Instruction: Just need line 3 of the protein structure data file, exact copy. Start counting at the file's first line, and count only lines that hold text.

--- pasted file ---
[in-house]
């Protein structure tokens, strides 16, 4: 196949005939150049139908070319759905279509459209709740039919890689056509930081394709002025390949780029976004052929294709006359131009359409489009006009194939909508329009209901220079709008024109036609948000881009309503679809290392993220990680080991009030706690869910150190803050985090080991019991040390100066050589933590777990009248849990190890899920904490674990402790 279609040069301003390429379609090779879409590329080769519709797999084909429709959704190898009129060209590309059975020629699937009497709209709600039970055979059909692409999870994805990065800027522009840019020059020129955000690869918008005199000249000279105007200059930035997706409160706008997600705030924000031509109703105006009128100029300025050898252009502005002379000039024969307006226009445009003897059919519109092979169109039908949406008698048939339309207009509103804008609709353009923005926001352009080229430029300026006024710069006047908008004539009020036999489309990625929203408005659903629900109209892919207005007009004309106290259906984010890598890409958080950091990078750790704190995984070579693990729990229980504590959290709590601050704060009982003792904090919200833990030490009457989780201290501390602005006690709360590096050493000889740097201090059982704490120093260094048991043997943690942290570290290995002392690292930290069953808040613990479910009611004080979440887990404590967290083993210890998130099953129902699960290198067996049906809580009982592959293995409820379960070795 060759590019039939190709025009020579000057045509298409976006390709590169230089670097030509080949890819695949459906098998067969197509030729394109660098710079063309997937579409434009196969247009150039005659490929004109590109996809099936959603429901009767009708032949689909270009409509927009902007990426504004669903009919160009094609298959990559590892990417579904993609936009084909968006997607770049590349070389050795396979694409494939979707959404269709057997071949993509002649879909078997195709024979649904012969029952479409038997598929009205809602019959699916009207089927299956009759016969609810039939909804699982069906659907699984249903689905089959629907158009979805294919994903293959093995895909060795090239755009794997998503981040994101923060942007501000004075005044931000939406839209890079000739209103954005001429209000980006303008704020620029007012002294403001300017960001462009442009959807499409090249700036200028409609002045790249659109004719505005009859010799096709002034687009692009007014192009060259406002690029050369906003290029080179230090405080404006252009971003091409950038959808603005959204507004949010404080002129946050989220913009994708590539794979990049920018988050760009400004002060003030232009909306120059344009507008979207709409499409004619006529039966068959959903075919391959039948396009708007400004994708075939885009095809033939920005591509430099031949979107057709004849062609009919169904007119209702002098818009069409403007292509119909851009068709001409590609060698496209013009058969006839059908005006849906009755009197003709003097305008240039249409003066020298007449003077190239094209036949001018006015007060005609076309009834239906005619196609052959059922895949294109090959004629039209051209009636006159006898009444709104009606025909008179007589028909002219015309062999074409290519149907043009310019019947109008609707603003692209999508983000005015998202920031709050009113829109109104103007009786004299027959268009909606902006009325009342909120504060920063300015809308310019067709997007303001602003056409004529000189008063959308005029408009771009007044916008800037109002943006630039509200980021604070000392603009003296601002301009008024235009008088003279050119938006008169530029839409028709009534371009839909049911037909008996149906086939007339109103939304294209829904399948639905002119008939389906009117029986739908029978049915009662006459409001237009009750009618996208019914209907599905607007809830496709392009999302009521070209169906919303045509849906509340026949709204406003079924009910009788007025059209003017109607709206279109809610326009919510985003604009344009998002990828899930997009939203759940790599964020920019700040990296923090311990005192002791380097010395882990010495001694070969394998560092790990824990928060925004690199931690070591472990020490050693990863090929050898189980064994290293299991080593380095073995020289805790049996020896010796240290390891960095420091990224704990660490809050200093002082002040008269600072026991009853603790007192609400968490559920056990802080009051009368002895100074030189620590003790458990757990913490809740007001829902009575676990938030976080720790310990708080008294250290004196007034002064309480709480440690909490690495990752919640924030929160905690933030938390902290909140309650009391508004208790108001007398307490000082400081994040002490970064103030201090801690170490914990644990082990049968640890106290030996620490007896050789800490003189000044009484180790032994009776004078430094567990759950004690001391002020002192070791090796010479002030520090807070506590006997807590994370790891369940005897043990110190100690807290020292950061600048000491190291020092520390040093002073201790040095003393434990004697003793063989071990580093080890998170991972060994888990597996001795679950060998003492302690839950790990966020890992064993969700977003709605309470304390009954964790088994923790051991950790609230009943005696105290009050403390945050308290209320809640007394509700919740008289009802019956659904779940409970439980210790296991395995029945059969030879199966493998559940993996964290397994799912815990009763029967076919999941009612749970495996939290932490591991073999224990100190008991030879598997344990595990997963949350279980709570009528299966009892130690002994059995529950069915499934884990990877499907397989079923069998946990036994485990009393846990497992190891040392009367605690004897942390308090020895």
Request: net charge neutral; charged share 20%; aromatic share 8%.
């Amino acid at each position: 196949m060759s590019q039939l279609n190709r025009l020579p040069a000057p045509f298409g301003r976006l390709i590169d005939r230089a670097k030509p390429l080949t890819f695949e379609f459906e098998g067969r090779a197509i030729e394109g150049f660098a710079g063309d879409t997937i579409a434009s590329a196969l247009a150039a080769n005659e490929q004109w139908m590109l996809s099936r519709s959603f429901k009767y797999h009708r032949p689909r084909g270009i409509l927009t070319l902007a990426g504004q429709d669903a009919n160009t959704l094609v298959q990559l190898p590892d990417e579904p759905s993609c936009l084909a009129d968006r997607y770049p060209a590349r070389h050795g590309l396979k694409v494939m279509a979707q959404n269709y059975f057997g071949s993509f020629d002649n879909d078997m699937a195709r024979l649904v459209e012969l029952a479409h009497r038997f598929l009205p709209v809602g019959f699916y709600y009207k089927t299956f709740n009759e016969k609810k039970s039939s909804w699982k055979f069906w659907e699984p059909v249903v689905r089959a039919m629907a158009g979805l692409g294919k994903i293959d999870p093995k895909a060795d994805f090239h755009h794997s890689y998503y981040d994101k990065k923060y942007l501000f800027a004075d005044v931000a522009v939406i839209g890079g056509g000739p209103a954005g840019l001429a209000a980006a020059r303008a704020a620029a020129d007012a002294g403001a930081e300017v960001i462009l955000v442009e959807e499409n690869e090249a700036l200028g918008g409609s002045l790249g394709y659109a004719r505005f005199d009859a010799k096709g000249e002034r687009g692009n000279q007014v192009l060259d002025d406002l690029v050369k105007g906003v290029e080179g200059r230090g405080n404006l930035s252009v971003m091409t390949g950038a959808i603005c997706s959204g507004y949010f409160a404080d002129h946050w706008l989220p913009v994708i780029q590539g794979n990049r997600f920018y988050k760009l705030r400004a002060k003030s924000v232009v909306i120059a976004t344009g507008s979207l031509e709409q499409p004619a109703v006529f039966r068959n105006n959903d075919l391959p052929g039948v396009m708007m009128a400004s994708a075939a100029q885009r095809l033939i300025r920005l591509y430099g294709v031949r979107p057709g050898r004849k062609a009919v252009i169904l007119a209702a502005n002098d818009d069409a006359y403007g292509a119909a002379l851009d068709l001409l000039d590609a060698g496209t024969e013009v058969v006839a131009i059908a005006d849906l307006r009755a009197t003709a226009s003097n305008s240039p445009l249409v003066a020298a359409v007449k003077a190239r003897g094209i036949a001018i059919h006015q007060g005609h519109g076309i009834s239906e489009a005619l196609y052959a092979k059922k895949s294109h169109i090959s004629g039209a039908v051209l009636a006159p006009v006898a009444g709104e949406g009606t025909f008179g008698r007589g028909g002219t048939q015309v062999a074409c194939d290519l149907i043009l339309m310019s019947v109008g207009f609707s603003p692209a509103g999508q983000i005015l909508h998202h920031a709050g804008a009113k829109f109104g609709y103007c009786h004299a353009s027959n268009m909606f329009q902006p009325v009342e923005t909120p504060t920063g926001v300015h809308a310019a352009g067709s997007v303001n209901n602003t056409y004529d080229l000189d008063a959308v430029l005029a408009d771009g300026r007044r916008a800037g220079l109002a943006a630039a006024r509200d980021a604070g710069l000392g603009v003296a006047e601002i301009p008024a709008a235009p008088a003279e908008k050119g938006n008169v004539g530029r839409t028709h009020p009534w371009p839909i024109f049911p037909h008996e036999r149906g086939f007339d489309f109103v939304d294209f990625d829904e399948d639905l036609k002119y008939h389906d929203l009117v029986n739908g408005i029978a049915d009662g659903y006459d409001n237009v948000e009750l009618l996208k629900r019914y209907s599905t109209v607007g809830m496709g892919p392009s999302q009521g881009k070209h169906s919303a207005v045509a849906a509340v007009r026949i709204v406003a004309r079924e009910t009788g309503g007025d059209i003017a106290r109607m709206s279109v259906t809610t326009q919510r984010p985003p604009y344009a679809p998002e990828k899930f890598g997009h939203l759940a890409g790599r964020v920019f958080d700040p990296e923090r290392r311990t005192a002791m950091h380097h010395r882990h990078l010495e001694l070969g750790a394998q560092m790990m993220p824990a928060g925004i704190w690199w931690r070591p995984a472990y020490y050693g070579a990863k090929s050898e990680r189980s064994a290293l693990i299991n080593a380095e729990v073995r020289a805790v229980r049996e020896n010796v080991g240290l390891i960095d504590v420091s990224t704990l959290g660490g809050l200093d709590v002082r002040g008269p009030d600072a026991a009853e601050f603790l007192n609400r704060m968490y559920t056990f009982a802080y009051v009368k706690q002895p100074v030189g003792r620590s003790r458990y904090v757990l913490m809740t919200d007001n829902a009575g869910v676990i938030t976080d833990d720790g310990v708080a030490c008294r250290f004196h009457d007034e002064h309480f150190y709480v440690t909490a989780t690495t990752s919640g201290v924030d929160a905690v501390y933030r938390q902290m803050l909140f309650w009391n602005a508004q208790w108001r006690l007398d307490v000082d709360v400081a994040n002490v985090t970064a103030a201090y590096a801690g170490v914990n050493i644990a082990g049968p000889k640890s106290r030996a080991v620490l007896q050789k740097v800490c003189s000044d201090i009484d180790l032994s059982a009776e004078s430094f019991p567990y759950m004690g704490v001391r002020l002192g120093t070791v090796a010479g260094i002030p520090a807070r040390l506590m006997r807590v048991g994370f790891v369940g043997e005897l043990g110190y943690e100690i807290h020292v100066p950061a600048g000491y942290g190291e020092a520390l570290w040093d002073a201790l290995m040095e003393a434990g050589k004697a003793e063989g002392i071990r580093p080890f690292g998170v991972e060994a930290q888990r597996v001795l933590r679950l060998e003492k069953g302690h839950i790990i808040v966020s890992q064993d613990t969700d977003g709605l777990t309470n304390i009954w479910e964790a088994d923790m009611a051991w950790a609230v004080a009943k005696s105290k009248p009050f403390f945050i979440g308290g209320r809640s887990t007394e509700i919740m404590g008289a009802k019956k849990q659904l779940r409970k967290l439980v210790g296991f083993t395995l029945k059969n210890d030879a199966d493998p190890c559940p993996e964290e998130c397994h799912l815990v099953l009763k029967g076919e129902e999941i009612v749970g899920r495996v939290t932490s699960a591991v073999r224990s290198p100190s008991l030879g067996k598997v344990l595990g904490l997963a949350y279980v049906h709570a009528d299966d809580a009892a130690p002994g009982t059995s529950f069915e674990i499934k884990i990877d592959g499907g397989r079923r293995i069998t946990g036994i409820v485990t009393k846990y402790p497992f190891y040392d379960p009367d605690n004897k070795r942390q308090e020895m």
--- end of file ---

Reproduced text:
Request: net charge neutral; charged share 20%; aromatic share 8%.